Warning: spoilers ahead for the series premiere of Loki on Disney+.
The long-awaited return of Tom Hiddleston as the God of Mischief for the Loki TV show got off to an intriguing start, with Loki under the control of the Time Variance Authority, stuck in a place where his magic doesn't work, reeling from revelations about his original timeline, and facing a possible battle with another version of himself. At first glance, Loki is heavy on time travel and sci-fi and comic book-esque storytelling at its best, but it turns out that one inspiration for the show was a funny Toy Story moment, as creator/producer/head writer Michael Waldron has revealed.
Loki's Michael Waldron spoke with CinemaBlend's Eric Eisenberg for Marvel Studio's newest Disney+ TV show, and Waldron revealed some of the cinematic influences for the series (seen in full above). Although he first mentioned Blade Runner and Catch Me If You Can, Waldron went on to explain how the classic kids' movie inspired the handling of Loki's character:
Toy Story, that was a big one. Because Toy Story, that great moment when Buzz realizes he's just a toy, that was something that on day one in the writers' room, we realized that we wanted to have Loki encounter in the first episode, where the TVA basically say, 'Here's your life.' And him realizing, 'Wow, I was never the God of Chaos or the God of Mischief. I am just a toy.' There were a lot of different influences, but we had a picture of Buzz Lightyear with his arm knocked off on the writers' room wall for a long time.
As Toy Story fans will undoubtedly remember, the iconic Buzz Lightyear goes through a bit of an existential crisis when he finally realizes that he's just a toy, along with the likes of Woody and Rex and the rest. It was a funny moment of realization in the movie, but Loki certainly wasn't laughing with glee when he faced a similar twist in the Loki premiere, particularly coupled with the discovery that his magic wouldn't work. Loki didn't reach the villainous heights that he did in the MCU just because of his magic, of course, and his wiles were sufficient enough that he got his hands back on the Tesseract, but ultimately didn't escape the TVA.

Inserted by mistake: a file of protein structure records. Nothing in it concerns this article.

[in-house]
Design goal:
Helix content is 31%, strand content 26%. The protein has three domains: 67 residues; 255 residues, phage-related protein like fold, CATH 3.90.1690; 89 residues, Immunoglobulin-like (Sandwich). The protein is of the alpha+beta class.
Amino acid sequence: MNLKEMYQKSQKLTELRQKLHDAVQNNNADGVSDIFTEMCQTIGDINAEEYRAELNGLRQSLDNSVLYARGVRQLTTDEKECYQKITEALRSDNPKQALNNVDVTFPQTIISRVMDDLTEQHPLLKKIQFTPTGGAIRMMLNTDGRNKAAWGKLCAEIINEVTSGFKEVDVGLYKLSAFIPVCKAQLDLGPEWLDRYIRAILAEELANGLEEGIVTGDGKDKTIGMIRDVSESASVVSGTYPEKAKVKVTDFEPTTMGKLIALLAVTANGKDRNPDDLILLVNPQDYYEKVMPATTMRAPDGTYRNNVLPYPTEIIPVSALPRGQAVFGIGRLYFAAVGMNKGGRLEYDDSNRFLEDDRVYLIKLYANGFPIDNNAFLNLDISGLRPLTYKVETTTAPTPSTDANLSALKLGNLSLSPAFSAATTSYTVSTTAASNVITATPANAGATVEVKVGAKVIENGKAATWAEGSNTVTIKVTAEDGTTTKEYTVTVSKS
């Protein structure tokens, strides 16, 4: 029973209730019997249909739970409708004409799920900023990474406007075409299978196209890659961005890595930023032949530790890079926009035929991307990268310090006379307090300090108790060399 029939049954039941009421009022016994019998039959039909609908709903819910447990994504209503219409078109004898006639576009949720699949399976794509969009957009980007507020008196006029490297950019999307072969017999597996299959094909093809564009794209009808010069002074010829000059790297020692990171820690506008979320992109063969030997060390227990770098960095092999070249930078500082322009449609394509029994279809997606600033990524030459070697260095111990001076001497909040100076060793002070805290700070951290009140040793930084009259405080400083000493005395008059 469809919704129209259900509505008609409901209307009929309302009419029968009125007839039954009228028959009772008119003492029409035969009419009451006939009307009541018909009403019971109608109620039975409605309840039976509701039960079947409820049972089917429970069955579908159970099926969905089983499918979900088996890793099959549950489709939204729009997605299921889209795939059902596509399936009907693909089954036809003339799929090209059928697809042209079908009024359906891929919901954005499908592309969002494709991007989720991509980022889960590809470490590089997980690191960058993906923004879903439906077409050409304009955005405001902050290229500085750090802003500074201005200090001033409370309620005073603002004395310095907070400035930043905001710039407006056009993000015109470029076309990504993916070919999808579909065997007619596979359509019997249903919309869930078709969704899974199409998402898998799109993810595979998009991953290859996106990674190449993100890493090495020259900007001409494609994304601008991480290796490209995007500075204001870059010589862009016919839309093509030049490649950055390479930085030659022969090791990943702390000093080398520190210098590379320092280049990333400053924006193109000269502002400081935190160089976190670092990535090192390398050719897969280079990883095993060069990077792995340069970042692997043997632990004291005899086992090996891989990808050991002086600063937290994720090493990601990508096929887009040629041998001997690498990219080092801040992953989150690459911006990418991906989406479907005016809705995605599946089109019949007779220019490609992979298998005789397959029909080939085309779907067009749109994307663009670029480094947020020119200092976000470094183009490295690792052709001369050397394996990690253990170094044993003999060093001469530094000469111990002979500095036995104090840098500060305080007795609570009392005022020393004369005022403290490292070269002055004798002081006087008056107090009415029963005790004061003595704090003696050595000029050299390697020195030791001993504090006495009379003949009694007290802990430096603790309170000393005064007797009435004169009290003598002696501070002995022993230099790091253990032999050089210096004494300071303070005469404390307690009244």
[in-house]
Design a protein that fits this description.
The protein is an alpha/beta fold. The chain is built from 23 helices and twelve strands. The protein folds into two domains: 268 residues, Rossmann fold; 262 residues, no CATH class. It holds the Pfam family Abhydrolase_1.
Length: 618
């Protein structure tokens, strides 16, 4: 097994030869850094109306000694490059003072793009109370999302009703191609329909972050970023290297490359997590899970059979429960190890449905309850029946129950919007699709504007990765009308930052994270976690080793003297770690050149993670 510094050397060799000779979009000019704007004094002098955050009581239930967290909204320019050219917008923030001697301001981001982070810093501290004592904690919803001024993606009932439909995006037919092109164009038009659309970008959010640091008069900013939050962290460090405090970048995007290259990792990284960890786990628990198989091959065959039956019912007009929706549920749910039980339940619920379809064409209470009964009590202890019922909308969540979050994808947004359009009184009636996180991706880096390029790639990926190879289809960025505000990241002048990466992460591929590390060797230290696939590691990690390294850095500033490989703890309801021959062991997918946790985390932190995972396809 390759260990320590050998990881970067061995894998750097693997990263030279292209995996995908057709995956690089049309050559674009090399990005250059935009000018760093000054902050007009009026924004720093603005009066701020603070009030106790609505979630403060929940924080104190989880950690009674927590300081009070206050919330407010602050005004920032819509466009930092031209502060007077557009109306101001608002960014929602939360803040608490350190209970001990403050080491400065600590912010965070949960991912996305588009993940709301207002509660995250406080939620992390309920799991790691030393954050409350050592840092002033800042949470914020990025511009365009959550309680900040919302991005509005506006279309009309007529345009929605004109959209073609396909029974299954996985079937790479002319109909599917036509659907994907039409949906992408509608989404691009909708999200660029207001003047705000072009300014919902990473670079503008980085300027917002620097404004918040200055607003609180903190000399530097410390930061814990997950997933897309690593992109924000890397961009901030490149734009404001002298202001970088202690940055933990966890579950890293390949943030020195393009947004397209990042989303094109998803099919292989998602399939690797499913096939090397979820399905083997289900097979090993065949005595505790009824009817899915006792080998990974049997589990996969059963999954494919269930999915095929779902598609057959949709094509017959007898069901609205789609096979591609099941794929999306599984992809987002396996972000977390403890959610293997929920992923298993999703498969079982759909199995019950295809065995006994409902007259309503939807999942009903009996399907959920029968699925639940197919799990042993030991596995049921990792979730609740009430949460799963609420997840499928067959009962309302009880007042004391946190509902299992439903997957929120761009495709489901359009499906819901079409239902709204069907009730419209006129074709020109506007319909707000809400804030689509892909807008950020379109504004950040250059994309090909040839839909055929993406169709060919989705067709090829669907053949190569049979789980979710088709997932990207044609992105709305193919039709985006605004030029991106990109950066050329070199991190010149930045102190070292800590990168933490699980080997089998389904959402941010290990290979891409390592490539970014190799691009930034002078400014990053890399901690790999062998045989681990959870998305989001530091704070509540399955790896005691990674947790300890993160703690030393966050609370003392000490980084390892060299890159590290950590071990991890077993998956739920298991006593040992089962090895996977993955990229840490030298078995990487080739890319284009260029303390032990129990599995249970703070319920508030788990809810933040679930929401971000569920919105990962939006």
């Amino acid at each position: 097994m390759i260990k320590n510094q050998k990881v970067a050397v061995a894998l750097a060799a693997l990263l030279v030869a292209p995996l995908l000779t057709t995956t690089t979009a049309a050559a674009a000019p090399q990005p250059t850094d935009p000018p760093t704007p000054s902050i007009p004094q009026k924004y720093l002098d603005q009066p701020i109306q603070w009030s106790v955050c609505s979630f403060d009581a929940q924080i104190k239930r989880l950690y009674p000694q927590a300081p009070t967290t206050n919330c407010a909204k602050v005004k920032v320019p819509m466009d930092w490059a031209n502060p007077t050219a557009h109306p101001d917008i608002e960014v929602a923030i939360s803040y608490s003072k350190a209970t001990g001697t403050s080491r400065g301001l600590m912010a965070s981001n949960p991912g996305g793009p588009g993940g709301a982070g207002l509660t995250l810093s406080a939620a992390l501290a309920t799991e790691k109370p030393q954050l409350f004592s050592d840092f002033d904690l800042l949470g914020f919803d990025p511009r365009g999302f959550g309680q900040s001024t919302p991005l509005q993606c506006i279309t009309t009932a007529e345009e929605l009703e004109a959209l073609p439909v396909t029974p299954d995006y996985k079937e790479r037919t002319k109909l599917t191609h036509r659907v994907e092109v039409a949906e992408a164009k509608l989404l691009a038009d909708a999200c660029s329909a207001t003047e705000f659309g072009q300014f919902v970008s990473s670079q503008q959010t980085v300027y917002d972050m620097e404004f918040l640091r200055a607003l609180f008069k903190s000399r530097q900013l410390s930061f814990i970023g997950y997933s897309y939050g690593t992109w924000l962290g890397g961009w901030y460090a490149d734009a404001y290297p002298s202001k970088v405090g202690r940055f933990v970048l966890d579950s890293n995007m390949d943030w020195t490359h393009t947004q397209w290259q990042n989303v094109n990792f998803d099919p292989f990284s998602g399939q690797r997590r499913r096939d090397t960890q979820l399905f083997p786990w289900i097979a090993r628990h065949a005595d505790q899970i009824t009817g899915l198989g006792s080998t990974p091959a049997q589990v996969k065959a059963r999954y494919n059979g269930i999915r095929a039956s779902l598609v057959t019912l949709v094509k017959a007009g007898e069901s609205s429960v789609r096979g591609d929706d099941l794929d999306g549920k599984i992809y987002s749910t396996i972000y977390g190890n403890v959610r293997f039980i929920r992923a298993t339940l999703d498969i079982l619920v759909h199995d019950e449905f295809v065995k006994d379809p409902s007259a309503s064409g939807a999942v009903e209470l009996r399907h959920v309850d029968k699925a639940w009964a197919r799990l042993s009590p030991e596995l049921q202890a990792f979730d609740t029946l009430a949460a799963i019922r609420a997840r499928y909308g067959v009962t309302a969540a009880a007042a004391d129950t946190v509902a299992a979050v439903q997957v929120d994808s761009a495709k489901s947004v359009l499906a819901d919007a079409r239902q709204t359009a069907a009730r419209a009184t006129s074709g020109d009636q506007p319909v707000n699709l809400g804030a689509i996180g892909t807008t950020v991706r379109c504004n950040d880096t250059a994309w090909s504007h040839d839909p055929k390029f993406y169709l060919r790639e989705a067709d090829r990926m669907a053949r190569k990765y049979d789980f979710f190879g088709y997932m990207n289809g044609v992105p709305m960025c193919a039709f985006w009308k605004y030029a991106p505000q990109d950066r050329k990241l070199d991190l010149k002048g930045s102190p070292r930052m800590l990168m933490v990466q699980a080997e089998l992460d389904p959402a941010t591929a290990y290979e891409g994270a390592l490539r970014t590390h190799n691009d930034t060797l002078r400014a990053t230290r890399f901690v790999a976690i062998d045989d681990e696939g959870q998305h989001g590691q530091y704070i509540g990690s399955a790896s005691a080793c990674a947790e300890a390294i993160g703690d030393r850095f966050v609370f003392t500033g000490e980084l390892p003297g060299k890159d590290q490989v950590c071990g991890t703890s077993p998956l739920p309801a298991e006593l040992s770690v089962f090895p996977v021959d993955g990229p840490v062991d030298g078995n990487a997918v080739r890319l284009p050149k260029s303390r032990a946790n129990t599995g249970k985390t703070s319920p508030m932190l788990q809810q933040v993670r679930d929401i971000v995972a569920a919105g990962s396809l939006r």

Loki's own Buzz Lightyear-esque realization was exactly what Loki really needed to sell that the character who was still in full villain mode when he escaped his original timeline at the end of The Avengers would become somebody more heroic, akin to who he was after Thor: Ragnarok and at the time of his death in Avengers: Infinity War. Who can blame the guy for taking a good hard look at himself after watching what his original self went through over those in-between years, including the death of his mother?
Now Loki is set up to help Owen Wilson's Mobius catch the villain who is wreaking havoc on history and seems to be another version of Loki himself, although viewers can probably confident that there's a lot more to the new baddie than Loki revealed in the premiere. See what happens next with new episodes of Loki releasing on Disney+, on Wednesdays at 12 a.m. PT.